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Reddit’s r/Games closes on April Fools’ Day to protest bigoted, ‘vitriolic’ users

Reddit’s r/Games closes on April Fools’ Day to protest bigoted, ‘vitriolic’ users

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Illustration by Alex Castro / The Verge

The moderators of Reddit’s popular r/Games subreddit are using April Fools’ Day to protest bigoted and “awful” comments. The subreddit, which boasts 1.7 million members, is closing for the day. Posts and comments are locked. In an announcement, the moderators highlight what they call a growing problem with discrimination, harassment, and vitriolic attacks.

“This April Fools’, we decided to take things a little more seriously and shed some light on a growing, pervasive issue that has affected the community of r/Games and gaming communities as a whole,” the moderators wrote in a post. “What has been intended to be a forum for the potential spread of knowledge and involvement in video games has instead become a battleground of conflicting ideas ... when that argument descends into vitriolic attacks between individuals on a regular basis with no chance at deescalation, that’s when, put simply, something’s got to give.”

Moderators call out posts that “ridicule and demonize” marginalized people in gaming

Specifically, the moderators say r/Games commenters are regularly demonizing and deriding women, people of color, Muslims, and other groups that have been disenfranchised or marginalized. A page of deleted comments highlights one poster justifying the mass killings of Muslims in New Zealand, several others complaining about the inclusion of gay or transgender people in games, and volumes of people using racial slurs to attack other users (in one case, by telling anyone bothered by the slurs to “kill yourself”).

“Our community is becoming increasingly responsible for perpetuating a significant amount of these combative and derogatory schools of thought,” the moderators write. “We remove those comments, we ban the perpetrators, but the issue still persists at a fundamental level: the notion that it’s okay or acceptable to ridicule and demonize traditionally disenfranchised and marginalized members in the gaming community.”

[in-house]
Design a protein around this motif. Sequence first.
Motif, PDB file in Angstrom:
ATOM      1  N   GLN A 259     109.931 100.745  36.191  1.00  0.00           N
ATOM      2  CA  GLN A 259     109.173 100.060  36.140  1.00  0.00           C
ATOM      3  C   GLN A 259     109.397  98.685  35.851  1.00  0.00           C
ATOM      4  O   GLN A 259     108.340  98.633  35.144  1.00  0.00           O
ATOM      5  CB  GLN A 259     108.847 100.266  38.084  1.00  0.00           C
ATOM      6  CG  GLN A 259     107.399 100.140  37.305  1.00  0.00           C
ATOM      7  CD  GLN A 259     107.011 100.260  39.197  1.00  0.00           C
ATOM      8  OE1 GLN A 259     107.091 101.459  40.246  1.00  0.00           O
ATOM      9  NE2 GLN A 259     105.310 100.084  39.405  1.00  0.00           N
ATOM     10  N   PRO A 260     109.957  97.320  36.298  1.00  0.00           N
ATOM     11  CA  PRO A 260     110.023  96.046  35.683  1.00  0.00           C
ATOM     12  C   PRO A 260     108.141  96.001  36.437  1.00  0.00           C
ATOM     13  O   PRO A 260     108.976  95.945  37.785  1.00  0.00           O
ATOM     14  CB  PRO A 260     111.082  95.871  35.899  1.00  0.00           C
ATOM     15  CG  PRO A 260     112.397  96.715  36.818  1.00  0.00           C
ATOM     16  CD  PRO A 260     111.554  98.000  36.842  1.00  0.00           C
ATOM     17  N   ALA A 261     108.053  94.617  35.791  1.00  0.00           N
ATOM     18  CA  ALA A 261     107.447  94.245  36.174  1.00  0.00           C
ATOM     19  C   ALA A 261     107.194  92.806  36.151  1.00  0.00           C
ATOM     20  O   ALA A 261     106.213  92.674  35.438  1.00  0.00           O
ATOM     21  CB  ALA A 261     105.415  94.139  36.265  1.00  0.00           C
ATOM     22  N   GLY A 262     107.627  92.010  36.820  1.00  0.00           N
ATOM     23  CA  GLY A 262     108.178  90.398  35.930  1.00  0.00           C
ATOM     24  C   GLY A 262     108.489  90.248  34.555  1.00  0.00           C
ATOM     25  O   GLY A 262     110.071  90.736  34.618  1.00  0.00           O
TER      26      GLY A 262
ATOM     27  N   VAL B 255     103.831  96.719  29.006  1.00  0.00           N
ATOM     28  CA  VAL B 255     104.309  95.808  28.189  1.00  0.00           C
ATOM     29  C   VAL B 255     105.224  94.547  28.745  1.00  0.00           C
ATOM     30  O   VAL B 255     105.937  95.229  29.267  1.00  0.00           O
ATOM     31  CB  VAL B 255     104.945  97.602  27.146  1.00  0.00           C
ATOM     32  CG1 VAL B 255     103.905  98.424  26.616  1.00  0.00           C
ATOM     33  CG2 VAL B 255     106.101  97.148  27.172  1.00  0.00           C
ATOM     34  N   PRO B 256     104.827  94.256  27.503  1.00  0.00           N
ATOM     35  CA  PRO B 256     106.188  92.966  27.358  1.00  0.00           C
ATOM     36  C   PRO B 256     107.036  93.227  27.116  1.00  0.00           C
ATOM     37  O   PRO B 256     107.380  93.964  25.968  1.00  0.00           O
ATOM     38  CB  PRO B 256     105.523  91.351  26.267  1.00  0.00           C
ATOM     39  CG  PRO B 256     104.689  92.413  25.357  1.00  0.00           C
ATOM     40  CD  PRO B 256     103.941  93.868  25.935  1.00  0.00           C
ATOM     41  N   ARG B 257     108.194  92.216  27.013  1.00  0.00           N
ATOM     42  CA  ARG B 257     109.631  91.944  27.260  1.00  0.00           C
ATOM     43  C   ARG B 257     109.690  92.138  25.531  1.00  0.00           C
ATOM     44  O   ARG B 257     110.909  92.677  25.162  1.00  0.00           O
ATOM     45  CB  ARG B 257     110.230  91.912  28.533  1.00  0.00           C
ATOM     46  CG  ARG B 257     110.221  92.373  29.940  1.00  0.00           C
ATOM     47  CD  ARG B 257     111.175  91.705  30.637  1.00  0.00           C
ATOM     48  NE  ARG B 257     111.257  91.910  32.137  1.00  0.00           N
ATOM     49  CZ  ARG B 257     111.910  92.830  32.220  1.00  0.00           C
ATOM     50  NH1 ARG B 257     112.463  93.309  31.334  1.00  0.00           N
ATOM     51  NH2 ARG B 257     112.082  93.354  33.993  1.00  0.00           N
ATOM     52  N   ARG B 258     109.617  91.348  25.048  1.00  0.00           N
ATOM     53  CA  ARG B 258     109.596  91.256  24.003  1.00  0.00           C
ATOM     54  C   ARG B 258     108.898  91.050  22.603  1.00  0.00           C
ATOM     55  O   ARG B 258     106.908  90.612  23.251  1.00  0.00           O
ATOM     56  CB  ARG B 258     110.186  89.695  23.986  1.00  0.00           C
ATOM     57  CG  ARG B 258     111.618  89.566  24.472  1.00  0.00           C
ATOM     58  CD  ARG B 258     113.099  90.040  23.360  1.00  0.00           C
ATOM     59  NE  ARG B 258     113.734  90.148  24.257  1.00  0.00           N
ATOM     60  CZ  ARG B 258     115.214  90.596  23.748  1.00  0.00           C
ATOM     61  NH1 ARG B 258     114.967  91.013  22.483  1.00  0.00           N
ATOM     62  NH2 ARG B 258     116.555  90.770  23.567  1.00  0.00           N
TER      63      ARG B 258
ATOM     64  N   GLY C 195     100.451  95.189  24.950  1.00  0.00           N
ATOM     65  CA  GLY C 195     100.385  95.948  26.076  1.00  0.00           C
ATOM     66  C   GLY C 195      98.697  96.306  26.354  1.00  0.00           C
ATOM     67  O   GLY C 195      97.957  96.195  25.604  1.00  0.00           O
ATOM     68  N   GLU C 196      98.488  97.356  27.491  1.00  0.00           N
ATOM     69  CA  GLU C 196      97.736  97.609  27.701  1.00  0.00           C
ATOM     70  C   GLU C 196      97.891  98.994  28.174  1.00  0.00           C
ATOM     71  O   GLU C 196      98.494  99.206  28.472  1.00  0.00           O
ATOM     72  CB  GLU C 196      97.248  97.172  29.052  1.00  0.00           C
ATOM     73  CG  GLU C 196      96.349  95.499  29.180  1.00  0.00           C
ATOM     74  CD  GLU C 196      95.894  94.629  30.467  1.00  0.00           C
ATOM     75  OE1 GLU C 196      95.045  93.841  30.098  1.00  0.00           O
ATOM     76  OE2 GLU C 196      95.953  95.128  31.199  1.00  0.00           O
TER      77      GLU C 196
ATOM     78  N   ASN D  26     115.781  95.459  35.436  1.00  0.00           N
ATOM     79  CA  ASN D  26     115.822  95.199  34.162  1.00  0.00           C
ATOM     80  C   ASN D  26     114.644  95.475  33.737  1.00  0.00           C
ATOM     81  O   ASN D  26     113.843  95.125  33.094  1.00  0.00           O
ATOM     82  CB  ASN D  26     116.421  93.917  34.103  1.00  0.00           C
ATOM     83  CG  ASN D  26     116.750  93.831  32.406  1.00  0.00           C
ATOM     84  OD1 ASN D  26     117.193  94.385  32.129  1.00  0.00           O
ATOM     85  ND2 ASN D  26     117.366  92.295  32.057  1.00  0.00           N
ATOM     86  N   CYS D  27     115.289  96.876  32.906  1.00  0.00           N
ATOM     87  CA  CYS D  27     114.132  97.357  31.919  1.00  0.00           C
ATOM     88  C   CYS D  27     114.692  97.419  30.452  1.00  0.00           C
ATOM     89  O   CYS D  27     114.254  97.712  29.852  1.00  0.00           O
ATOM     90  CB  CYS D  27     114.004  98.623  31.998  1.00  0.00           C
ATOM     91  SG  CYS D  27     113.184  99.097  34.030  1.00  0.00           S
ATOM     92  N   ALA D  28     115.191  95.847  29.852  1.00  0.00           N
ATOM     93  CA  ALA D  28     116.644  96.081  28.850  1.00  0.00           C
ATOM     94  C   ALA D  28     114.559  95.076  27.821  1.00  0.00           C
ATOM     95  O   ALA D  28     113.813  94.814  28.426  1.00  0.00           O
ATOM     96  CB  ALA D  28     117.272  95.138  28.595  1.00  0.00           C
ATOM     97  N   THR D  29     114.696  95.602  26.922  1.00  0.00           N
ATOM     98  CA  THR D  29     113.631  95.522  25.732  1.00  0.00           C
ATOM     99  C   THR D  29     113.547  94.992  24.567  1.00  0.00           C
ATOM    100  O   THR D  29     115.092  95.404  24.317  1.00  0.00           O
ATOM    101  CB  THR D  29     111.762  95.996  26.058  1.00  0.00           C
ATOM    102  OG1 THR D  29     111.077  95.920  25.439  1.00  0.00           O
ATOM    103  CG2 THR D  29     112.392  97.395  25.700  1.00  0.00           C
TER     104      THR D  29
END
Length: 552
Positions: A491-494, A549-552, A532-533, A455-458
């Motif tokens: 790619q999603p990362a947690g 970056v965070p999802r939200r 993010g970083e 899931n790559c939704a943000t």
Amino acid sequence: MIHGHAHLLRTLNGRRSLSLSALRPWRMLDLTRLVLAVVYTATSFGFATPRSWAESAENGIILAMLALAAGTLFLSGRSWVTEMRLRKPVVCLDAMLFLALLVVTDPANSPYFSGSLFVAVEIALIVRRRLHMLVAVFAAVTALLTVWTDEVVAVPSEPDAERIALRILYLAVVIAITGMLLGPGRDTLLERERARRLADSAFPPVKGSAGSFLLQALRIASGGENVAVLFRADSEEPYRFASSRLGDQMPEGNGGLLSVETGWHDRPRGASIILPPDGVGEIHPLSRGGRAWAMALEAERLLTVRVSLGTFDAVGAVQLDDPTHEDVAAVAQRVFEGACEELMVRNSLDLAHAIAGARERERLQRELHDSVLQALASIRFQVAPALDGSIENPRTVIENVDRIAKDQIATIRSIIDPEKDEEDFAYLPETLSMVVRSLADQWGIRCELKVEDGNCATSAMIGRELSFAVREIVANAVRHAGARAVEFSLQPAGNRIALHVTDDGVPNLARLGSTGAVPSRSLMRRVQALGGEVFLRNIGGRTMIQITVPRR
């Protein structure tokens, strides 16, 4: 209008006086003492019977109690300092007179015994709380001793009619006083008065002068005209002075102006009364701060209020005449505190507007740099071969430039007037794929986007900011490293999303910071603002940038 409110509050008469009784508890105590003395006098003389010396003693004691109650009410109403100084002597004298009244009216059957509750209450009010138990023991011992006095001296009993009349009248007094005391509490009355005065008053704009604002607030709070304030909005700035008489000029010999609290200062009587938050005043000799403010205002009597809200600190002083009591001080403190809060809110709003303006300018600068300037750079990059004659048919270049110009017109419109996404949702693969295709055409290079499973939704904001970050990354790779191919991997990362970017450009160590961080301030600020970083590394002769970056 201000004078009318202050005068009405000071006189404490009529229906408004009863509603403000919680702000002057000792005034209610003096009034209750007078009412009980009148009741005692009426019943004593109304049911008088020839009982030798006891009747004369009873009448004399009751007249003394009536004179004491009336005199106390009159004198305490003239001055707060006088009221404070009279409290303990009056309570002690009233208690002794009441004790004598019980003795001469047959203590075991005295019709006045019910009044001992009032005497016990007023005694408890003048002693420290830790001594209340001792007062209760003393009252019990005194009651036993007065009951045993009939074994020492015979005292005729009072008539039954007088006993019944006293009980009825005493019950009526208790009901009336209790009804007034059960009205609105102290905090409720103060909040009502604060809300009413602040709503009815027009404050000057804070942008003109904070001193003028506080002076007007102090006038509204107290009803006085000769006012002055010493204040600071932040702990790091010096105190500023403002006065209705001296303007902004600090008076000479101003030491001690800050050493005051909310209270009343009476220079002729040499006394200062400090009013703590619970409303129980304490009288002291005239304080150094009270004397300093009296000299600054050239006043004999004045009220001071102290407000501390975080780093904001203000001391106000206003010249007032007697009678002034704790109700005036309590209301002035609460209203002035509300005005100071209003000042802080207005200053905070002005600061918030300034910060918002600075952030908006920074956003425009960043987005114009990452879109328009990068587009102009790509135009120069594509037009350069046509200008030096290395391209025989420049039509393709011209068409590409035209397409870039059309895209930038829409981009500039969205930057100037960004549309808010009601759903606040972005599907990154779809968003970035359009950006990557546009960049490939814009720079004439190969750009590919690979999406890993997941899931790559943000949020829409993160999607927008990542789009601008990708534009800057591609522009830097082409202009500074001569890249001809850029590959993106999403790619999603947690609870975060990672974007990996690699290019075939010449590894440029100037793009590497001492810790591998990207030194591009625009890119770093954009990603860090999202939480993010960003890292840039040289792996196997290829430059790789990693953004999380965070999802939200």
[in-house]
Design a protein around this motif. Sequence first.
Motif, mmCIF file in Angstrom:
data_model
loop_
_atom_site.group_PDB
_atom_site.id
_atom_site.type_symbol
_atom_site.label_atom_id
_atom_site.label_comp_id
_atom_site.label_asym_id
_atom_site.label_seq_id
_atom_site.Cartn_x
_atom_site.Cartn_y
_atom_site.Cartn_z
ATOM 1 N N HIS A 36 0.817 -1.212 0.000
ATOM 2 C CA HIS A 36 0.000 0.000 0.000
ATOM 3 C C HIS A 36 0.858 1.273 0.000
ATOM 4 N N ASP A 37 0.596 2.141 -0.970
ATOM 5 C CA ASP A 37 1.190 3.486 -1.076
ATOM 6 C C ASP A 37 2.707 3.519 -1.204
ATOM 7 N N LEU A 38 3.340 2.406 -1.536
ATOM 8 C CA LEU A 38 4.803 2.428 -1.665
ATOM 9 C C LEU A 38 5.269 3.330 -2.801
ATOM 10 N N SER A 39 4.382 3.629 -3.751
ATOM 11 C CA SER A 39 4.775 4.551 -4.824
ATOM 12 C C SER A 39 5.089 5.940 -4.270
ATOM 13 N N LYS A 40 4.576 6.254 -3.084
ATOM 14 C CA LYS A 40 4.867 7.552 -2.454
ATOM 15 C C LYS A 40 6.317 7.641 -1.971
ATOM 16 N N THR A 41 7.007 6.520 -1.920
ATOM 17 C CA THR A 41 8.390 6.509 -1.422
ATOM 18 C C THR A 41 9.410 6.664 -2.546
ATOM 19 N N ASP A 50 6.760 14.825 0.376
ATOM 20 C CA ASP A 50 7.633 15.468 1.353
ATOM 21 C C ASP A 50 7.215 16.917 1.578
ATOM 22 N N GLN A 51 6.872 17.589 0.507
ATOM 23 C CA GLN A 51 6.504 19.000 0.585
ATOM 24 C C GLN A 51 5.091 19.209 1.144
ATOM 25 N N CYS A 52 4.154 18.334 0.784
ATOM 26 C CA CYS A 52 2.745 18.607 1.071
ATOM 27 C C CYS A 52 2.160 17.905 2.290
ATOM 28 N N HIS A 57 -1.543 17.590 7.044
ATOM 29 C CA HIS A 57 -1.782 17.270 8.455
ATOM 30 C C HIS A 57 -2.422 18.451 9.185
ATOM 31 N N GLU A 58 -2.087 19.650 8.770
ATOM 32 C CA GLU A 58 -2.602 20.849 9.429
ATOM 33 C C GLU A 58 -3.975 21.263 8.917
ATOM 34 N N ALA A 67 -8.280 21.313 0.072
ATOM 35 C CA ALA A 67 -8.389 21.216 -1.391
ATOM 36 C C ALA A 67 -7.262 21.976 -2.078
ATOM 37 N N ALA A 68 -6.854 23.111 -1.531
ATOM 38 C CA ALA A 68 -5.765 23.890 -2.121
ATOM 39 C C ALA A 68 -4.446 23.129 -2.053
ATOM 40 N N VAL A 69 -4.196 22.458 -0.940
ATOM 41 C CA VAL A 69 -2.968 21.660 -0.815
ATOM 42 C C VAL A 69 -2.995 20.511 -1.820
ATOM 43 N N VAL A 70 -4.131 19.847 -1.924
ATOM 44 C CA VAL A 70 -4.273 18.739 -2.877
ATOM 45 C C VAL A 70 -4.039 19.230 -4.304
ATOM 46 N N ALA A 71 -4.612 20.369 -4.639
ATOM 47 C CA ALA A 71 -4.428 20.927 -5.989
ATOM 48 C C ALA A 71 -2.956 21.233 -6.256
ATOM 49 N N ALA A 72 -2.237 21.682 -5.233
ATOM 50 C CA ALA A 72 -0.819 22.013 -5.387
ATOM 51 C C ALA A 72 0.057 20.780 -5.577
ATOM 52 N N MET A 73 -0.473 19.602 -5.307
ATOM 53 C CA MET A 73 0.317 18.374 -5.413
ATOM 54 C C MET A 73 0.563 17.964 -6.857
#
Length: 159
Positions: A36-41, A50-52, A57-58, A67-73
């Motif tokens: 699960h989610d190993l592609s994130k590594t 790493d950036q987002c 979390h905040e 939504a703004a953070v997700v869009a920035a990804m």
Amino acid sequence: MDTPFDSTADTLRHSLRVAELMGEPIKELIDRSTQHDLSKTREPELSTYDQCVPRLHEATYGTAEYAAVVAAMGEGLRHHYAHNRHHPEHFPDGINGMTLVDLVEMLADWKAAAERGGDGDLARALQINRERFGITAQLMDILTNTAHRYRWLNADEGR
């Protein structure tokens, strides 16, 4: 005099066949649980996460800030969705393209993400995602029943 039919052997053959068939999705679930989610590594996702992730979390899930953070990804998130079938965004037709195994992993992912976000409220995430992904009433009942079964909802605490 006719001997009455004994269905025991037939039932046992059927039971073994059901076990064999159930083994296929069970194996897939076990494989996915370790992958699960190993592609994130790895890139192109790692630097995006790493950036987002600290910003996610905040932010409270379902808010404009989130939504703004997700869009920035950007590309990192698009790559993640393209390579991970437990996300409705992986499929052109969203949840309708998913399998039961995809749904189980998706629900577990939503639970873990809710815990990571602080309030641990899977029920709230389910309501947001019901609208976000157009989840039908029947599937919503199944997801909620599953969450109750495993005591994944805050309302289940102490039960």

The moderators note that this isn’t just an issue within games. It’s part of a society-wide culture war instigated by people who see diversity as a threat to their communities and interests. But the gaming community is huge, and it’s home to some particularly virulent strains of harassment, including persistent attacks on developers, potentially deadly swatting hoaxes spurred by gaming rivalries, and the anti-diversity campaign Gamergate.

“Preventing the cultivation of bigotry means giving it no ground.”

The r/Games subreddit isn’t Reddit’s biggest gaming community. It’s known for having a quality filter that the 21 million-subscriber r/Gaming lacks, and temporarily shutting it down is a noteworthy statement. (It’s also a lot more meaningful and less irritating than your average April Fools’ prank.) The subreddit’s rules already ban inflammatory language, inciting harassment, “low-effort” comments, and posts that don’t fit the goal of “informing and discussing” topics involving games.

Polygon reports that r/Games’s moderators will post a “meta” thread discussing the decision later today. The shutdown post doesn’t discuss just how they’ll change the subreddit going forward, but it seems to point toward a zero-tolerance policy for “regressive ideas” and harassment. “Preventing the cultivation of bigotry means giving it no ground to go to, and as a whole leave only space for those who would respectfully participate.”

For now, the post encourages readers to donate to a list of charities like Able Gamers and Life After Hate. It also calls out people making positive contributions to r/Games. “You’re what keep us going,” it says. “You’re who we want to see more of, and you’re everything that is the potential for a strong, open community for those who love and enjoy video games the way we do.”